- A 500-space park-and-ride car park is being set up at Birmingham City University's Perry Barr campus. A return bus ticket to the city centre and back will cost £3.
- National Express says it is putting on extra buses while the tunnels remain shut and has advised any motorists travelling south to Birmingham via the M6 to get off at junction seven for Great Barr and get a bus from the park-and-ride site. However, a number of bus services will also be affected by the diversions.
- Three so-called "bike trains" are being set up from Perry Barr, Acocks Green and Selly Park to allow people to cycle in a large group into the city.
- London Midland is urging passengers to walk or cycle to their local stations to free up parking spaces there. However, it says the stations that have more parking spaces are Stratford Parkway, Birmingham International, which is lowering its normal charges for the six weeks, Solihull and Bescot Stadium.
- An extra 100 parking spaces will also be available at Kings Norton station.
How will it affect Birmingham?
According to Steve Brittan, the president of the Birmingham Chamber of Commerce, the tunnel closures will mean "absolute chaos".
"Birmingham's roads are bad enough at the best of times," he said.
"But having the two main tunnels closed for all that time will just be horrendous."
He said he would be boycotting the city centre and be holding any meetings he has to attend elsewhere.
"I think what I'm doing is very public-spirited and it would help Birmingham during those six weeks if other people did the same - avoid the city centre wherever possible."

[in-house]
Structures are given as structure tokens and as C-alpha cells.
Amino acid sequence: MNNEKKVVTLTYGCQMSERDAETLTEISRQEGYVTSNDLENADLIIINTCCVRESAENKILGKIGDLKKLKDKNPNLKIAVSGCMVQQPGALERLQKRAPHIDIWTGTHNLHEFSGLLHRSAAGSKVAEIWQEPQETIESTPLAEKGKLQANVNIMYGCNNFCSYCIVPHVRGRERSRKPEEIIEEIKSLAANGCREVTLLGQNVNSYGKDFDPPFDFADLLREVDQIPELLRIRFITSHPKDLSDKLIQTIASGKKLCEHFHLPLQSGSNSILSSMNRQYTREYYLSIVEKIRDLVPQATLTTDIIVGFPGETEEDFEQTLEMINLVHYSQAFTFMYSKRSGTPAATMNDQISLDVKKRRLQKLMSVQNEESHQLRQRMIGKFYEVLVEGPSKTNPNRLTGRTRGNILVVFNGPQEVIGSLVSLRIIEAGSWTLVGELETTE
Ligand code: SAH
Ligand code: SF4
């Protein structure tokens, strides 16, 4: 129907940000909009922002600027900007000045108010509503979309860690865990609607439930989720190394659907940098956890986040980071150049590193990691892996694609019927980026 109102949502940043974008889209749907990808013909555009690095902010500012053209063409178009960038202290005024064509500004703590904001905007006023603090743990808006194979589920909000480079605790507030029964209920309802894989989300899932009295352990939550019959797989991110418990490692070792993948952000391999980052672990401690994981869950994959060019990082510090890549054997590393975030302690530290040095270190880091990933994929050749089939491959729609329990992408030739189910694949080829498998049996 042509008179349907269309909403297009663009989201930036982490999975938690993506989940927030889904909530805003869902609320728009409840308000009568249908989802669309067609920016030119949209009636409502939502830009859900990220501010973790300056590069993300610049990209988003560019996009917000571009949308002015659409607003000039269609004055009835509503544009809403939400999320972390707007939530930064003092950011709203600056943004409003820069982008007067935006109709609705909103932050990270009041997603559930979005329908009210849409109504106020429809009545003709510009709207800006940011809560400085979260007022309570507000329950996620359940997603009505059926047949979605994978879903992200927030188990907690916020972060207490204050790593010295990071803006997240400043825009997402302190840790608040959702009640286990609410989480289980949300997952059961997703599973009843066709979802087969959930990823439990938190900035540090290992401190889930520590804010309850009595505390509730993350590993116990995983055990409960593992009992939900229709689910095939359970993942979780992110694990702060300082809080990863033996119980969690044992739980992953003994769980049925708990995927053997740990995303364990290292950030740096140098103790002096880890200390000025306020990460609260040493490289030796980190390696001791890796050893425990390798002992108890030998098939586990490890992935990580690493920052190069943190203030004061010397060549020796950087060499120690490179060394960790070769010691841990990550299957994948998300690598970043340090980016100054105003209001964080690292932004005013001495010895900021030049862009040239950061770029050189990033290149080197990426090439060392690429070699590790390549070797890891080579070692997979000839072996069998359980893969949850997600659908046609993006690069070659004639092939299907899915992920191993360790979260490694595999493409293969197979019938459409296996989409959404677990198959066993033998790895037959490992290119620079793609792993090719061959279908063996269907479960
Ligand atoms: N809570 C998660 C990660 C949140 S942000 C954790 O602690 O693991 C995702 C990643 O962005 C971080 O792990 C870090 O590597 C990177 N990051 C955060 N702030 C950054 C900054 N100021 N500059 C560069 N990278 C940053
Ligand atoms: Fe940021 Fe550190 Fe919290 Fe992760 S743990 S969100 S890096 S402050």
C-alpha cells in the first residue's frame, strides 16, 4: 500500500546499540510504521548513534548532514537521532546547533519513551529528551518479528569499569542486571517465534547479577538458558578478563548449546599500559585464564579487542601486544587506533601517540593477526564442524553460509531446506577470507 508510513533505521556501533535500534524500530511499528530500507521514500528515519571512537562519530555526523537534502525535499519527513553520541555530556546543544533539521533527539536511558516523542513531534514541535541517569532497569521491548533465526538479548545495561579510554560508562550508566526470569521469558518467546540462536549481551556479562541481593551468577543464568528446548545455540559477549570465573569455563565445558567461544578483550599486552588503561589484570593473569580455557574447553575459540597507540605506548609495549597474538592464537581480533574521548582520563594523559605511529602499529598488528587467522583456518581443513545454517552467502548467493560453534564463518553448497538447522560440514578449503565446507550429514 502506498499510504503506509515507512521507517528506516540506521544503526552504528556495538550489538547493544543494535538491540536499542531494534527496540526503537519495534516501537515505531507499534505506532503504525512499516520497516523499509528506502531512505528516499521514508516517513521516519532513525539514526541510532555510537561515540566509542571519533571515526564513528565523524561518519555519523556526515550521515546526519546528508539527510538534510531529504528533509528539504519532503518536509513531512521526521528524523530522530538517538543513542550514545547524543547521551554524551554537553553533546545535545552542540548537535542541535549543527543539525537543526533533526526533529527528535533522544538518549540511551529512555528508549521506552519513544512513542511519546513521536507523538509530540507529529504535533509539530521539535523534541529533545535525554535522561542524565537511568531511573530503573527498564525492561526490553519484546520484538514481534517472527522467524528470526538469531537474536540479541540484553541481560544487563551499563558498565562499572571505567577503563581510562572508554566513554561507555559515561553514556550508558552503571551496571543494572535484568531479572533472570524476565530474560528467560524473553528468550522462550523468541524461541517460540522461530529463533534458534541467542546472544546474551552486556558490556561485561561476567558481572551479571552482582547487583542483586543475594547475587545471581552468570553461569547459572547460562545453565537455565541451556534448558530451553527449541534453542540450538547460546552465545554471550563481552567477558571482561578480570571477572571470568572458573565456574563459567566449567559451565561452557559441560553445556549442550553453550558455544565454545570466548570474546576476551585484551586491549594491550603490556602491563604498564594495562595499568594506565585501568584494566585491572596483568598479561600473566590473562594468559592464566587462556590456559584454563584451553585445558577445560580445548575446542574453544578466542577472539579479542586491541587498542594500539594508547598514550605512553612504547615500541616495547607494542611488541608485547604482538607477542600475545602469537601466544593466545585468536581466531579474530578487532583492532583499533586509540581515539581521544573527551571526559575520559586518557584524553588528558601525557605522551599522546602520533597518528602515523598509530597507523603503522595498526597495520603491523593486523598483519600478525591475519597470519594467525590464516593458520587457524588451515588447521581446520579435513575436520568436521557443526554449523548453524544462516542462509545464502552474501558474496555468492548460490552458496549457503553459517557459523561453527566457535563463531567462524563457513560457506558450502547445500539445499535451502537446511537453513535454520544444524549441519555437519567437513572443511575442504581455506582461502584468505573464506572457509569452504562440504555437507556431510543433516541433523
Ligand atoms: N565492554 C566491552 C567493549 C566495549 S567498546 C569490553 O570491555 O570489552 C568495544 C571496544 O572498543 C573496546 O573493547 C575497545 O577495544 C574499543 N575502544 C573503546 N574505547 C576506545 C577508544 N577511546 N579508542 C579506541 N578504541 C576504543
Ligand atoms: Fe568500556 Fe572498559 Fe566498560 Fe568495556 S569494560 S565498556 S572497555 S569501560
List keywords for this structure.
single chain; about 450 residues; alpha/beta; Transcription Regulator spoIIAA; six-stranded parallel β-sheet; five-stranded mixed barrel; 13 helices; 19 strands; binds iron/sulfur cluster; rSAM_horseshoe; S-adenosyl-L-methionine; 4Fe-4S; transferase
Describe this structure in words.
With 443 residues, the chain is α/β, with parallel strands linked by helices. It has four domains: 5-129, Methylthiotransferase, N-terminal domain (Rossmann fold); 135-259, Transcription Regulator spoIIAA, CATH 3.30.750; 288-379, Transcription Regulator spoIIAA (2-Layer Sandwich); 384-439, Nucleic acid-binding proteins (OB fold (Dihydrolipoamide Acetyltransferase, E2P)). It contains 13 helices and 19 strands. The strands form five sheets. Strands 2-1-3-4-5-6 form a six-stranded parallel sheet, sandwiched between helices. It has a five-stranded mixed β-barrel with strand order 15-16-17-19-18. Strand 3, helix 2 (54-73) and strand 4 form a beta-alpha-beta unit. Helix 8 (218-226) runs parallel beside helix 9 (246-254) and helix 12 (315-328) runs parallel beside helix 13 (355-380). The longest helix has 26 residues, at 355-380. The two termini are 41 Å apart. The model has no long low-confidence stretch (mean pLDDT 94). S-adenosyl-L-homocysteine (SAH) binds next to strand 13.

He said although he does not think shops in the city centre will be too badly affected during the six weeks, he believes some businesses, including restaurants, will suffer.
"I think shopping in the city centre for many people is a one-off every now and then and they'll be prepared to come in by train for that experience," Mr Brittan said.
"But many people won't bother going into town for restaurants, they'll just stay locally instead."Congestion hotspots
The emergency services said they had been working with the city council, Amey and transport organisations since the idea of closing the tunnels was first discussed.
West Midlands Ambulance Service said all of its crews knew which areas were affected, and where the congestion hotspots were likely to be.
Its city centre-based drivers are already proficient in negotiating their way around the alternative routes in the area, a spokesman said, which they regularly have to do whenever there is an accident on one of the main roads.
Eddie Price, from the Wholesale Traders' Association, said he did not expect the closures to have a significant effect on the market.
He said traders mostly used the city centre roads between 02:00 and 06:00 and so were finished by the time rush-hour traffic normally started to build.
Amey said it was working with West Midlands Police and would have dedicated "traffic management teams" to inspect the full diversion routes at least every two hours.
A spokesman for Network Rail said it was confident Birmingham New Street railway station would be able to cope with people choosing to take the train instead of driving.
"As it's during the school holidays we have significantly fewer passengers anyway," he said.
"And even though the building work [at New Street] is still ongoing, we now have much more space than we did before the new entrance opened in April."
But the tunnels' closure is not seen as bad news by everyone.
Shopping Tamworth tweeted earlier this month: "Birmingham city centre tunnels closed from 19th July to 2nd September, traffic chaos, stay local, shop local, shop #Tamworth"
However, a spokeswoman for Tamworth Borough Council said it fully supported the work being carried out by Birmingham City Council and did not intend to capitalise on any trouble caused.